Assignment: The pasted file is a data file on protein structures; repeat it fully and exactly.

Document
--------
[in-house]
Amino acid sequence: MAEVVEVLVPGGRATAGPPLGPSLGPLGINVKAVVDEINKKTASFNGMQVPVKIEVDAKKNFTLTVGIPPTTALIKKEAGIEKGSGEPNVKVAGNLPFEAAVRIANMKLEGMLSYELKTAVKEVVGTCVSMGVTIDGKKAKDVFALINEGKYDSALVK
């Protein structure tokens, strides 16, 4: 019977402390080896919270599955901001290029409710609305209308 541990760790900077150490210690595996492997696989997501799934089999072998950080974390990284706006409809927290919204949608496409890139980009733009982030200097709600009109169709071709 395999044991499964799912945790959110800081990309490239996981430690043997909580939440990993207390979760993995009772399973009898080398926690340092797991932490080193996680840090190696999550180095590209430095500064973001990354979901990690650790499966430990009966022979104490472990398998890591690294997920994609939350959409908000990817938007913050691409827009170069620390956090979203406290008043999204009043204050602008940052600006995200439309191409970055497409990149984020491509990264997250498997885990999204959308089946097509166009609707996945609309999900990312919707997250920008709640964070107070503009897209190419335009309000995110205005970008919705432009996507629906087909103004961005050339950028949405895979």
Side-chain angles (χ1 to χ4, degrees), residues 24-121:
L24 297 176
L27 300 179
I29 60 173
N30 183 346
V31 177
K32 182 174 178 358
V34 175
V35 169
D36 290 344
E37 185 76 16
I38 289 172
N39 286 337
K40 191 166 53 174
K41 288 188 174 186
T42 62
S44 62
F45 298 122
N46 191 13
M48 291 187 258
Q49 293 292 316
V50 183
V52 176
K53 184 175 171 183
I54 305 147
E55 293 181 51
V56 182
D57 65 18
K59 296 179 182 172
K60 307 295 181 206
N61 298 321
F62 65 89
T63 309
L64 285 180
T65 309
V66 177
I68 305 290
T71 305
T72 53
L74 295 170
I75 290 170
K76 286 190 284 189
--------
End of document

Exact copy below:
[in-house]
Amino acid sequence: MAEVVEVLVPGGRATAGPPLGPSLGPLGINVKAVVDEINKKTASFNGMQVPVKIEVDAKKNFTLTVGIPPTTALIKKEAGIEKGSGEPNVKVAGNLPFEAAVRIANMKLEGMLSYELKTAVKEVVGTCVSMGVTIDGKKAKDVFALINEGKYDSALVK
């Protein structure tokens, strides 16, 4: 019977402390080896919270599955901001290029409710609305209308 541990760790900077150490210690595996492997696989997501799934089999072998950080974390990284706006409809927290919204949608496409890139980009733009982030200097709600009109169709071709 395999044991499964799912945790959110800081990309490239996981430690043997909580939440990993207390979760993995009772399973009898080398926690340092797991932490080193996680840090190696999550180095590209430095500064973001990354979901990690650790499966430990009966022979104490472990398998890591690294997920994609939350959409908000990817938007913050691409827009170069620390956090979203406290008043999204009043204050602008940052600006995200439309191409970055497409990149984020491509990264997250498997885990999204959308089946097509166009609707996945609309999900990312919707997250920008709640964070107070503009897209190419335009309000995110205005970008919705432009996507629906087909103004961005050339950028949405895979």
Side-chain angles (χ1 to χ4, degrees), residues 24-121:
L24 297 176
L27 300 179
I29 60 173
N30 183 346
V31 177
K32 182 174 178 358
V34 175
V35 169
D36 290 344
E37 185 76 16
I38 289 172
N39 286 337
K40 191 166 53 174
K41 288 188 174 186
T42 62
S44 62
F45 298 122
N46 191 13
M48 291 187 258
Q49 293 292 316
V50 183
V52 176
K53 184 175 171 183
I54 305 147
E55 293 181 51
V56 182
D57 65 18
K59 296 179 182 172
K60 307 295 181 206
N61 298 321
F62 65 89
T63 309
L64 285 180
T65 309
V66 177
I68 305 290
T71 305
T72 53
L74 295 170
I75 290 170
K76 286 190 284 189